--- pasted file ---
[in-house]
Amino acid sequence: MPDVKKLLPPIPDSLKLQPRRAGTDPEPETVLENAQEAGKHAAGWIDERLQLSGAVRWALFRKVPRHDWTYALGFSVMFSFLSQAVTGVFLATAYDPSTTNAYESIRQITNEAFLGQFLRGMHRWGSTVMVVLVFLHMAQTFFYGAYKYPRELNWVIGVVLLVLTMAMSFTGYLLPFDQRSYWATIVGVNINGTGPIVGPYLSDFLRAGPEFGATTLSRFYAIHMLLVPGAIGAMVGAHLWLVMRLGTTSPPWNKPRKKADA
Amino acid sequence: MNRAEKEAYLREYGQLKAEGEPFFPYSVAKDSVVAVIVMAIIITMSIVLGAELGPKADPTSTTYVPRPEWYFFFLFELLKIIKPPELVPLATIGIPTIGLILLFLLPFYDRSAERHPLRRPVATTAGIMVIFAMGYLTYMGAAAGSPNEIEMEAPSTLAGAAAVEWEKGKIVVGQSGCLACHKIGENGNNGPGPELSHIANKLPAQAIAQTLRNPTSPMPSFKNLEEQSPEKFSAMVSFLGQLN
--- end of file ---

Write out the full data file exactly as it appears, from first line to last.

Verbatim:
[in-house]
Amino acid sequence: MPDVKKLLPPIPDSLKLQPRRAGTDPEPETVLENAQEAGKHAAGWIDERLQLSGAVRWALFRKVPRHDWTYALGFSVMFSFLSQAVTGVFLATAYDPSTTNAYESIRQITNEAFLGQFLRGMHRWGSTVMVVLVFLHMAQTFFYGAYKYPRELNWVIGVVLLVLTMAMSFTGYLLPFDQRSYWATIVGVNINGTGPIVGPYLSDFLRAGPEFGATTLSRFYAIHMLLVPGAIGAMVGAHLWLVMRLGTTSPPWNKPRKKADA
Amino acid sequence: MNRAEKEAYLREYGQLKAEGEPFFPYSVAKDSVVAVIVMAIIITMSIVLGAELGPKADPTSTTYVPRPEWYFFFLFELLKIIKPPELVPLATIGIPTIGLILLFLLPFYDRSAERHPLRRPVATTAGIMVIFAMGYLTYMGAAAGSPNEIEMEAPSTLAGAAAVEWEKGKIVVGQSGCLACHKIGENGNNGPGPELSHIANKLPAQAIAQTLRNPTSPMPSFKNLEEQSPEKFSAMVSFLGQLN